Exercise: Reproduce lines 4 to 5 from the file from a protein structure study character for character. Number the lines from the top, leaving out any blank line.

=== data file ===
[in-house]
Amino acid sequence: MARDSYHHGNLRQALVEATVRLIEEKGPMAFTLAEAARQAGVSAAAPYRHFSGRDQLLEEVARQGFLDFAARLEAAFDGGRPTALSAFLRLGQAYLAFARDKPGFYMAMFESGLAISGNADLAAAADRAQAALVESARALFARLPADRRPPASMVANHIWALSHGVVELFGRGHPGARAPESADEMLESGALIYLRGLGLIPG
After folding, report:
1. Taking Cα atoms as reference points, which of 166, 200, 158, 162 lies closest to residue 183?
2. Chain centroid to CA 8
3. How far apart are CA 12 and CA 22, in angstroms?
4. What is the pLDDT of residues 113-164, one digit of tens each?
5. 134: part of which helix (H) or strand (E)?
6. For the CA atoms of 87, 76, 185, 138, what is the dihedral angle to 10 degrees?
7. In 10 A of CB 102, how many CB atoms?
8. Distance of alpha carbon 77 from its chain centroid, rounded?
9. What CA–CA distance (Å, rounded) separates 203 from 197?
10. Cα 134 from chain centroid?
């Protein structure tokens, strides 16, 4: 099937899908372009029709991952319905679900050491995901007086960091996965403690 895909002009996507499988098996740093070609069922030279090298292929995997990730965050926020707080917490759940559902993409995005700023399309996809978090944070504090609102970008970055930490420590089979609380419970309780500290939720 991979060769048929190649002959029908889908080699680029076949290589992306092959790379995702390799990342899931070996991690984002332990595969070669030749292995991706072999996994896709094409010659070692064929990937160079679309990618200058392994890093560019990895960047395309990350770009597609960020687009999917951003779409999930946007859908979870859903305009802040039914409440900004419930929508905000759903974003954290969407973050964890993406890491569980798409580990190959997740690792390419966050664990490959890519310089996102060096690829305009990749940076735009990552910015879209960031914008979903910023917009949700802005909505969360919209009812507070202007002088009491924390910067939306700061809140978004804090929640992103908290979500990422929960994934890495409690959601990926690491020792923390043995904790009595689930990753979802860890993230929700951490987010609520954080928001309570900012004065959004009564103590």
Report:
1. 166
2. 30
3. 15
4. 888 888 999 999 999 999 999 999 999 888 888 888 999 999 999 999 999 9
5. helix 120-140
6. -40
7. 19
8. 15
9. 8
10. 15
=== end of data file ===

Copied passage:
1. Taking Cα atoms as reference points, which of 166, 200, 158, 162 lies closest to residue 183?
2. Chain centroid to CA 8